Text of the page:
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WASHINGTON, D.C. (Dec. 03, 2020) – As vaccines for the coronavirus enter review for emergency use by the U.S. Food and Drug Administration, 60% of Americans say they would definitely or probably get a vaccine for the coronavirus if one were available today, up from 51% who said this in September, according to a new Pew Research Center report. About four-in-ten (39%) say they definitely or probably would not get a coronavirus vaccine, though about half in this group – or 18% of U.S. adults – say it’s possible they would decide to get vaccinated once people start getting a vaccine and more information becomes available. Overall, 21% of U.S. adults do not intend to get vaccinated and are ‘pretty certain’ more information will not change their mind.

Additionally, public confidence has grown that the research and development process will yield a safe and effective vaccine for COVID-19: 75% have at least a fair amount of confidence in the development process today, compared with 65% who said this in September. At the same time, there’s considerable wariness about being among the first to get a vaccine: 62% of Americans say they would be uncomfortable doing this. Just 37% would be comfortable.

The new report, based on a survey of 12,648 U.S. adults using the Center’s American Trends Panel, finds that amid a rising number of COVID-19 cases in the U.S. the public’s outlook for the country has darkened: 71% say they think the worst of the outbreak is still to come, up from 59% who said this in June. And while the public continues to give hospitals and medical centers high marks for how they’ve responded to the outbreak, about half of Americans (52%) think hospitals in their area will struggle to handle the number of people seeking treatment for the coronavirus in the coming months.

The toll of the pandemic is starkly illustrated by the 54% of Americans who say they know someone personally who has been hospitalized or died due to the coronavirus. Among Black Americans, 71% know someone who has been hospitalized or died because of COVID-19.

The survey sheds light on the complex and interrelated factors that shape intent to get a vaccine for COVID-19, chief among them are:

Personal concern about getting a case of COVID-19 that would require hospitalization. Those most concered about getting a serious case of the coronavirus indicate a higher likelihood of getting a vaccine. Those who see little personal need by this metric are closely divided over whether they would get vaccinated.
Trust in the vaccine development process. Expressing confidence that the research and development process will yield a safe and effective vaccine is tied to higher levels of intent to get vaccinated.
Personal practices when it comes to other vaccines. Those who say they get a flu shot yearly are much more likely than those who rarely or never do to say they would get a vaccine for the coronavirus if one were available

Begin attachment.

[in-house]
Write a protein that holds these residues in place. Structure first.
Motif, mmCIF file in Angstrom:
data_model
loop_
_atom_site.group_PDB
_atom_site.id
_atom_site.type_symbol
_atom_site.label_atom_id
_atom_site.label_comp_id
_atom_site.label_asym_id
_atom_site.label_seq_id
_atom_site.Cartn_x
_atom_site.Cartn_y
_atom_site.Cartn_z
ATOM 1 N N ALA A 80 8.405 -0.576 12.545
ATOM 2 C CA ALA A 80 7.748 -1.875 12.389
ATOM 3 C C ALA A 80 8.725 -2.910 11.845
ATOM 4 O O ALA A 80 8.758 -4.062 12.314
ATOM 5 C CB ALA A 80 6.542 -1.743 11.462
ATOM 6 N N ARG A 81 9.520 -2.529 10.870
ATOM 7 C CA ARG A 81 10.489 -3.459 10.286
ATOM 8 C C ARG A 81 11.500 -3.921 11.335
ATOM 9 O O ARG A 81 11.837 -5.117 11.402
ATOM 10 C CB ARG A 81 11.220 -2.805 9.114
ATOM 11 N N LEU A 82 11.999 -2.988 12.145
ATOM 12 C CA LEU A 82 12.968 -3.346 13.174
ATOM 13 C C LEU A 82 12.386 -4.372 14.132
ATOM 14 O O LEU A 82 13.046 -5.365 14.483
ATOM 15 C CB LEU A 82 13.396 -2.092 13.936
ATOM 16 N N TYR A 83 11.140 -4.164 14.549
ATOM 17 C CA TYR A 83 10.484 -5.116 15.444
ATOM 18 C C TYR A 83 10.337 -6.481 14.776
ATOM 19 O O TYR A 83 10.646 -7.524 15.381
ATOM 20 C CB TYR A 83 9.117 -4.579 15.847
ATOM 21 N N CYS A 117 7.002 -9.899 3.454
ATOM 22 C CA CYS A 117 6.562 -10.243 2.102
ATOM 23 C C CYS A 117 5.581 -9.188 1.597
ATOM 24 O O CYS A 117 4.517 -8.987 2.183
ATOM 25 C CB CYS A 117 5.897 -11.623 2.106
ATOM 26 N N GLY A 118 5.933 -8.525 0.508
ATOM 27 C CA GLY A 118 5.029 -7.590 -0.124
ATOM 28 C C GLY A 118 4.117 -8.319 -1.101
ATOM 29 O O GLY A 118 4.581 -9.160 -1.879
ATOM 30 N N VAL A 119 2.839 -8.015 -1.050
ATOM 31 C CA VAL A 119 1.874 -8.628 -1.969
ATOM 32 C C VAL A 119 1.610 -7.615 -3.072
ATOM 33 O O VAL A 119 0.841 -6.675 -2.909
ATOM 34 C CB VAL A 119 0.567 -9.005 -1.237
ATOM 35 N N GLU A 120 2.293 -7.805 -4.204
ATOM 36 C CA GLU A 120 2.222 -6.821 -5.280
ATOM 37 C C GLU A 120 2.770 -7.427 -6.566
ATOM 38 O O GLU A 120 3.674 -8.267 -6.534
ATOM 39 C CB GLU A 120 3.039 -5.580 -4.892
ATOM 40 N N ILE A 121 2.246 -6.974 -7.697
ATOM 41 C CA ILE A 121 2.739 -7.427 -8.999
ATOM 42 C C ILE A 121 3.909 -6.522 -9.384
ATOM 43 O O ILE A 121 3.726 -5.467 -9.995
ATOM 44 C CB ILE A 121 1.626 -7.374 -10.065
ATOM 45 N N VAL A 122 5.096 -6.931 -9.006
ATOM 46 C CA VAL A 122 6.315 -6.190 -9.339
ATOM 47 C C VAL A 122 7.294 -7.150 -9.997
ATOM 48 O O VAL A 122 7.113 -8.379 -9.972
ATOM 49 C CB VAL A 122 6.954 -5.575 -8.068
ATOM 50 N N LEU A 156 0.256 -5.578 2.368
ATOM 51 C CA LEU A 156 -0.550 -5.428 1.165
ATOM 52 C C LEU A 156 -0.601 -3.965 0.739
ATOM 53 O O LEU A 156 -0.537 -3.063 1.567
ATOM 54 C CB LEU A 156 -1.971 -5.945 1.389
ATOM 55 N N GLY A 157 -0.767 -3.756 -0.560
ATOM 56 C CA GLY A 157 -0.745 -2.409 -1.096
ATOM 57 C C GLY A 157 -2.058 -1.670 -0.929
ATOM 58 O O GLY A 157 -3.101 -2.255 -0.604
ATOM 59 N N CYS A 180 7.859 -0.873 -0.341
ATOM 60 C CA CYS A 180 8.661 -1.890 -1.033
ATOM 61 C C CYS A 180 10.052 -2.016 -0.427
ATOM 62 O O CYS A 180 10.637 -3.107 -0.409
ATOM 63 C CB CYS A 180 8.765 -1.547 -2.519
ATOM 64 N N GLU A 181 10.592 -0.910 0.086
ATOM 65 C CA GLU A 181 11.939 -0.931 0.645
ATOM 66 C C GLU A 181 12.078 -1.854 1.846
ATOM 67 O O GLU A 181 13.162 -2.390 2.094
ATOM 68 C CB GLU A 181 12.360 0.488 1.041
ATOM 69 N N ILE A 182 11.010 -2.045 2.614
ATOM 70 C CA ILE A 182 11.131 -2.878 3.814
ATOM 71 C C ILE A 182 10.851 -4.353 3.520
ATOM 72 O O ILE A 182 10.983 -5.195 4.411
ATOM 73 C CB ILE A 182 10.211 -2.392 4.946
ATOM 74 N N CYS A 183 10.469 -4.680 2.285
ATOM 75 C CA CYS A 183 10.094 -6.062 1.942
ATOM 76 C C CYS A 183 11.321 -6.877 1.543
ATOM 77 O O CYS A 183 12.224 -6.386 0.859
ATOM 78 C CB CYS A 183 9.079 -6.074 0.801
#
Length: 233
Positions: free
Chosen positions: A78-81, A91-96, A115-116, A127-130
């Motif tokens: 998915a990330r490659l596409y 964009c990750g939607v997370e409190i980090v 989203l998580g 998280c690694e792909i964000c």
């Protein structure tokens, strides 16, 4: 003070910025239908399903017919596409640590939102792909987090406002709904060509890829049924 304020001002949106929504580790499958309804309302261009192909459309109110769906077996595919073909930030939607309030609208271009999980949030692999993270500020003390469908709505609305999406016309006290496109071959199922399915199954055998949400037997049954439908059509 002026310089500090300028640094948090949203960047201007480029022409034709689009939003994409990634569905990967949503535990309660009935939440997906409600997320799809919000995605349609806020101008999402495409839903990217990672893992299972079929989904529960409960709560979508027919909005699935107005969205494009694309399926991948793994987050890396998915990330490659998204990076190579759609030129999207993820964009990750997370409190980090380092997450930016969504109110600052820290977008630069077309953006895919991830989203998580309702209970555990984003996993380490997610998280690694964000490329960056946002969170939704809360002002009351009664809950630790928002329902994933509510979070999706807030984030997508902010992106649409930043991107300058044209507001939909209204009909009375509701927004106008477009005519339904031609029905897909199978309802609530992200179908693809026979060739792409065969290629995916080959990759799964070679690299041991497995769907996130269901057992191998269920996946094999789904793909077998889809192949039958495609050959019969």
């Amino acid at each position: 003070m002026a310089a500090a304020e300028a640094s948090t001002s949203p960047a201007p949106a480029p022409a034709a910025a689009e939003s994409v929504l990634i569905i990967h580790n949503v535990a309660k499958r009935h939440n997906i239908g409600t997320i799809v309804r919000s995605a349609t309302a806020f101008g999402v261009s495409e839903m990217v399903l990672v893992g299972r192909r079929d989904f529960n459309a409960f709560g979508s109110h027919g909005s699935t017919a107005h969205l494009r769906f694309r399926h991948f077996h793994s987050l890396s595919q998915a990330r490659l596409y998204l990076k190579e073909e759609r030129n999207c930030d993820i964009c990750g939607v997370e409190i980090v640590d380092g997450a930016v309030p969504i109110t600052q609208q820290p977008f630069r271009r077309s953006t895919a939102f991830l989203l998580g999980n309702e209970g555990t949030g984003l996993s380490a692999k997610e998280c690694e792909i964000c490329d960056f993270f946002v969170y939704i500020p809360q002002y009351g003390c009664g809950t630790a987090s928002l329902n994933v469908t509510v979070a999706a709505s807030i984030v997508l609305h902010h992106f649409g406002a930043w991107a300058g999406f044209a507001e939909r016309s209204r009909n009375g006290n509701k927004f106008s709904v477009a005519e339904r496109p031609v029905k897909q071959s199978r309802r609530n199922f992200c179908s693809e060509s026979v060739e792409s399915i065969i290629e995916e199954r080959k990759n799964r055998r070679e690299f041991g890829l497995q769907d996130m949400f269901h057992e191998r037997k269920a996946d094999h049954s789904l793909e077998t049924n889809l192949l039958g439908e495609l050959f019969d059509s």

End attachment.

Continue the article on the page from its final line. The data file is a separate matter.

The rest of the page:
Partisanship plays a role in many of these beliefs and practices. Overall, there’s a 19-point gap between the shares of Democrats and those who lean to the Democratic Party (69%) and Republicans and Republican leaners (50%) who currently say they would get vaccinated for the coronavirus.

Other key findings include:

Most are ‘bothered’ when people around them in public do not wear masks; few are bothered by stores that require face-coverings. About seven-in-ten (72%) say it bothers them a lot or some when people around them in public do not wear masks. Far fewer (28%) say it bothers them at least some when stores require customers to wear a mask for service.
Americans comfortable going to the grocery but not a crowded party. Three-quarters of adults say they’re comfortable going to the grocery store, given the current situation with the coronavirus but views are more mixed when it comes to a restaurant or hair salon and most would be uncomfortable attending a crowded party. One key factor tied to people’s comfort level is a personal concern with contracting a serious case of COVID-19: Those most concerned are the least comfortable going out.
Republicans remain less likely than Democrats to see outbreak as major threat to public health. Overall, 84% of Democrats and 43% of Republicans say the coronavirus outbreak is a major threat to the U.S. population as a whole. The partisan gap on this measure remains about as wide as at any point during the outbreak and stands in contrast to the large shares of both Republicans (83%) and Democrats (86%) who say the outbreak is a major threat to the U.S. economy.
Confidence in scientists remains slightly higher than before the pandemic. With scientists and their work in the spotlight, 39% of Americans say they have a great deal of confidence in scientists to act in the public’s best interest, an uptick from 35% who said this before the pandemic took hold. Most Americans have at least a fair amount of confidence in scientists. However, ratings of scientists are now more partisan than at any point since Pew Research Center first asked this question in 2016: 55% of Democrats now say they have a great deal of confidence in scientists, compared with just 22% of Republicans who say the same.


These are among the findings from the new report, which is based on a survey of 12,648 U.S. adults conducted online Nov. 18 to Nov. 29, 2020. The margin of error for the full sample is plus or minues 1.5 percentage points.

Read the full report: https://www.pewresearch.org/science/2020/12/03/intent-to-get-a-covid-19-vaccine-rises-to-60-as-confidence-in-research-and-development-process-increases

Methodology: https://www.pewresearch.org/science/2020/12/03/covid-19-vaccine-intent-methodology

Survey topline: https://www.pewresearch.org/science/wp-content/uploads/sites/16/2020/12/PS_2020.12.03_covid19-vaccine-intent_TOPLINE.pdf